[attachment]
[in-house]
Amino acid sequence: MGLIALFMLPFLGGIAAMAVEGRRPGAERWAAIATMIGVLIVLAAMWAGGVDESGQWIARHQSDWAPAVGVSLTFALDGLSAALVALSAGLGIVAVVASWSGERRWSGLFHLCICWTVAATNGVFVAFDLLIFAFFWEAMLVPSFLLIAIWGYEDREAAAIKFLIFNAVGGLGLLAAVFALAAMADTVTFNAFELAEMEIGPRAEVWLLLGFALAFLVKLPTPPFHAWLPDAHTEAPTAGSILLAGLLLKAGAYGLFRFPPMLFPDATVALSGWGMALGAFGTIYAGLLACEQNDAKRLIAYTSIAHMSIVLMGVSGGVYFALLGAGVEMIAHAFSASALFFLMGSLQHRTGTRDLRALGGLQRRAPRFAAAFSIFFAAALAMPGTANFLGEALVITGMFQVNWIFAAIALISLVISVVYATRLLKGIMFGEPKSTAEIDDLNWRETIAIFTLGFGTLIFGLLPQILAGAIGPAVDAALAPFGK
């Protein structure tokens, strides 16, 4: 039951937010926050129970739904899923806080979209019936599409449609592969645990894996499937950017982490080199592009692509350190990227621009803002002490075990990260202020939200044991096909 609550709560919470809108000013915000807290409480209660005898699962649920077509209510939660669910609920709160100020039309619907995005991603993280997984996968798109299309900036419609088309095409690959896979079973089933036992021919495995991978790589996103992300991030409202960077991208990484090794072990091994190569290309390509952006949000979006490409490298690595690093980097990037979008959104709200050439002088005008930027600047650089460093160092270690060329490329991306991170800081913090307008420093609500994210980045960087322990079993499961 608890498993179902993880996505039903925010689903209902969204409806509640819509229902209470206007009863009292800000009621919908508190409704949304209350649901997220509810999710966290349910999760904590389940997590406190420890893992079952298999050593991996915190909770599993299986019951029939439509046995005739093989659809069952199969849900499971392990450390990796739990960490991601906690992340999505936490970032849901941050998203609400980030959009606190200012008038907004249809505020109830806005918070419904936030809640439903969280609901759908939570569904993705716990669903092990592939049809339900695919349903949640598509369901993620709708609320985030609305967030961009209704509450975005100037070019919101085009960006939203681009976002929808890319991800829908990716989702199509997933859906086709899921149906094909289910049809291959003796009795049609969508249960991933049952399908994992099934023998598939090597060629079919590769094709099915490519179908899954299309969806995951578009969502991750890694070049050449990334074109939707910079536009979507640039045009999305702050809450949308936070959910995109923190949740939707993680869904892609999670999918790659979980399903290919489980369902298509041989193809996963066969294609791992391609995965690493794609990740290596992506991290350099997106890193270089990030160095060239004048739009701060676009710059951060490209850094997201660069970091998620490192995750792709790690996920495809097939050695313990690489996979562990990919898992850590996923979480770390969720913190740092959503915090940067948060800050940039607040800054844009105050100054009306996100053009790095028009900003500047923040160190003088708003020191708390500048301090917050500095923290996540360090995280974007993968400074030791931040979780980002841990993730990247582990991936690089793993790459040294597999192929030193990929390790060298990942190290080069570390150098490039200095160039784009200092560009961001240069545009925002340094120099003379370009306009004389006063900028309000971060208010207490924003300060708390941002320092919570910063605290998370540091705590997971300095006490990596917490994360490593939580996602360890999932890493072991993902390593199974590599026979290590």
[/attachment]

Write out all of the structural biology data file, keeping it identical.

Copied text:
[in-house]
Amino acid sequence: MGLIALFMLPFLGGIAAMAVEGRRPGAERWAAIATMIGVLIVLAAMWAGGVDESGQWIARHQSDWAPAVGVSLTFALDGLSAALVALSAGLGIVAVVASWSGERRWSGLFHLCICWTVAATNGVFVAFDLLIFAFFWEAMLVPSFLLIAIWGYEDREAAAIKFLIFNAVGGLGLLAAVFALAAMADTVTFNAFELAEMEIGPRAEVWLLLGFALAFLVKLPTPPFHAWLPDAHTEAPTAGSILLAGLLLKAGAYGLFRFPPMLFPDATVALSGWGMALGAFGTIYAGLLACEQNDAKRLIAYTSIAHMSIVLMGVSGGVYFALLGAGVEMIAHAFSASALFFLMGSLQHRTGTRDLRALGGLQRRAPRFAAAFSIFFAAALAMPGTANFLGEALVITGMFQVNWIFAAIALISLVISVVYATRLLKGIMFGEPKSTAEIDDLNWRETIAIFTLGFGTLIFGLLPQILAGAIGPAVDAALAPFGK
């Protein structure tokens, strides 16, 4: 039951937010926050129970739904899923806080979209019936599409449609592969645990894996499937950017982490080199592009692509350190990227621009803002002490075990990260202020939200044991096909 609550709560919470809108000013915000807290409480209660005898699962649920077509209510939660669910609920709160100020039309619907995005991603993280997984996968798109299309900036419609088309095409690959896979079973089933036992021919495995991978790589996103992300991030409202960077991208990484090794072990091994190569290309390509952006949000979006490409490298690595690093980097990037979008959104709200050439002088005008930027600047650089460093160092270690060329490329991306991170800081913090307008420093609500994210980045960087322990079993499961 608890498993179902993880996505039903925010689903209902969204409806509640819509229902209470206007009863009292800000009621919908508190409704949304209350649901997220509810999710966290349910999760904590389940997590406190420890893992079952298999050593991996915190909770599993299986019951029939439509046995005739093989659809069952199969849900499971392990450390990796739990960490991601906690992340999505936490970032849901941050998203609400980030959009606190200012008038907004249809505020109830806005918070419904936030809640439903969280609901759908939570569904993705716990669903092990592939049809339900695919349903949640598509369901993620709708609320985030609305967030961009209704509450975005100037070019919101085009960006939203681009976002929808890319991800829908990716989702199509997933859906086709899921149906094909289910049809291959003796009795049609969508249960991933049952399908994992099934023998598939090597060629079919590769094709099915490519179908899954299309969806995951578009969502991750890694070049050449990334074109939707910079536009979507640039045009999305702050809450949308936070959910995109923190949740939707993680869904892609999670999918790659979980399903290919489980369902298509041989193809996963066969294609791992391609995965690493794609990740290596992506991290350099997106890193270089990030160095060239004048739009701060676009710059951060490209850094997201660069970091998620490192995750792709790690996920495809097939050695313990690489996979562990990919898992850590996923979480770390969720913190740092959503915090940067948060800050940039607040800054844009105050100054009306996100053009790095028009900003500047923040160190003088708003020191708390500048301090917050500095923290996540360090995280974007993968400074030791931040979780980002841990993730990247582990991936690089793993790459040294597999192929030193990929390790060298990942190290080069570390150098490039200095160039784009200092560009961001240069545009925002340094120099003379370009306009004389006063900028309000971060208010207490924003300060708390941002320092919570910063605290998370540091705590997971300095006490990596917490994360490593939580996602360890999932890493072991993902390593199974590599026979290590």